Trouble is, as twilight deepened so did the clouds on the northern horizon. Bren came out to take a peek at Jupiter. fl_jupiter.jpg Jupiter from Starry Nights planetarium software.
Yes, I found Jupiter first – despite the fact that the Telrad finder – which wasn’t even aligned – had already dewed up. Dew and it wasn’t even very dark yet! Not a good sign and hey – THAT WAS FIRST LIGHT! Where was the champagne? Where was the awe? Jupiter is so bright it was one of the first things visible and with hardly giving it a thought I turned the telescope to it. I got wrapped up intrying to find things in the foggy Telrad and it took a little searching around and then bingo! Big as life, there was Jupiter with three of its moon bunched off to the left and its familiar three or four bands. Not a bad view, buit nothing to write home about – no would I expect it to be. I expect this scope to give very nice views of the planets, but I also expect them to be very limited by atmosphere turbulence and while it was clear, the air was far from still. (Someone’s got a good solution for the Telrad dewing up, right? I sur ehope so. I blew a little air on it from a portable fan and that seemed to help, but . . . ) Anyway, I had Jupiter in the binoviewer at something like 115X and yes – in was sharp focus. So not only did I have first light – planets count, right? – but I had sharp focus and room to spare – and that means no tube trimming in my future. I should be doing a little jigh about tis point, but still I was sleep-walking. Everything was happening fast and matter-of-factly. (Oh – for the Obsession-user crowd - I’m using the FeatherTouch focuser and I’m really not sure why this all worked. I don’t knw if I should credit the folks at Denkmeier. I have their OCS system installed as well. Or whether Dave made the tubes a little shorter than normal knowing I was going to use a binoviewer, or what. But it works!)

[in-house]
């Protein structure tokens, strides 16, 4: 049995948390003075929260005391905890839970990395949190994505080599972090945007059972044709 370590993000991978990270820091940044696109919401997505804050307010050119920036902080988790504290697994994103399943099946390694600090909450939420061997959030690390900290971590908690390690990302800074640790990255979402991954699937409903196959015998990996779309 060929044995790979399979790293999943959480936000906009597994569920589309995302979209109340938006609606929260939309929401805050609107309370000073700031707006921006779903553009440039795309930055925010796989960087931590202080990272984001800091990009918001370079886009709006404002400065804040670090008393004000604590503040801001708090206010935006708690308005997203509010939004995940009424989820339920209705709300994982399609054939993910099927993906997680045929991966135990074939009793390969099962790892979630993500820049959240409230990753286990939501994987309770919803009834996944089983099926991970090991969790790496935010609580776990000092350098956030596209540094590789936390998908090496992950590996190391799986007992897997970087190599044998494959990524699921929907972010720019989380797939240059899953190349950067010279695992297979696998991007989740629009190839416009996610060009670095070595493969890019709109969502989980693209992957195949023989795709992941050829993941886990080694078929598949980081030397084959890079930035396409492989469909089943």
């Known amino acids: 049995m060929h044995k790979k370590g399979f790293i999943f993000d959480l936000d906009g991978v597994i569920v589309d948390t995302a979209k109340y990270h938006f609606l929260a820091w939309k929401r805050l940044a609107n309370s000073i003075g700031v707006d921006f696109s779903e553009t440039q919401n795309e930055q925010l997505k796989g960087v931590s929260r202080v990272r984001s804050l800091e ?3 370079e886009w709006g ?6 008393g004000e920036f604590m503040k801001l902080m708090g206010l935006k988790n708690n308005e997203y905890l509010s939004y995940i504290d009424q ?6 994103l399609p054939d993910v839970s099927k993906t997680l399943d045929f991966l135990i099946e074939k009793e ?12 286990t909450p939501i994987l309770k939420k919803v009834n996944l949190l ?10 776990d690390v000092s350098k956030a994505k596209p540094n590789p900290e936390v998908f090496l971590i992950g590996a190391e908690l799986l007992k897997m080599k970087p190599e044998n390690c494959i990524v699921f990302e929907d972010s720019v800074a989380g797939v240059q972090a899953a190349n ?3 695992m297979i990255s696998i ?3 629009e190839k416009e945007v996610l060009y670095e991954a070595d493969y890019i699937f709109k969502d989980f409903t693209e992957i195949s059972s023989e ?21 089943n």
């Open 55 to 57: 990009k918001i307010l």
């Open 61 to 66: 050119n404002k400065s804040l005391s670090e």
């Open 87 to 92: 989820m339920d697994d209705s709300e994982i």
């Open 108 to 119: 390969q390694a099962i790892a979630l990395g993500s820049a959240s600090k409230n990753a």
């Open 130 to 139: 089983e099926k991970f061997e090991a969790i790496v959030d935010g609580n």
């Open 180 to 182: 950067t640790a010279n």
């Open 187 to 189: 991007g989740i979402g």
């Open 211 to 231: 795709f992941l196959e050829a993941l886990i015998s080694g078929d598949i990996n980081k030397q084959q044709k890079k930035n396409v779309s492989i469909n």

Then Bren was at my elbow. I knew she was tired and wanted to go to bed after a day of work that ran right into a non-stop evening of Girl Scouts with our grandchildren. But here she was and I had someone to share Jupiter with and she looked for a while and was duely impressed, then let me look. I was simply delighted just to be seeing anything and the image seemed very good – but I just didn’t get a long enough look to be sure before the clouds closed over it. Bren said: “Is that lightning?” And I said “Nawwwwwwww. Probably car lights – or maybe that searchlight up north bouncing off the clouds.“

I’d seen patterns like this before. The skies could be clear in 15 minutes. I’d wait it out.. I watched Jupiter through the binoviewer, glow light and dark like some giant firefly as the clouds first gave it to me, then took it away, then brought it back again. I noticed brilliant Arcturus has a clear patch of sky, do I dodged over to it – I had blown away enough of the dew from the Telrad to make it usable and even aligned it so ti was accurate. (When did I do that?) Arcturus looked huge and there was a moment when it gave me those long spikes like the star of Bethlehem on a Christmas card, then it settled down to being a bright orangey blob. And then the clouds covered it, so I jumped back to Jupiter which had re-emerged for a moment and the clouds covered it again.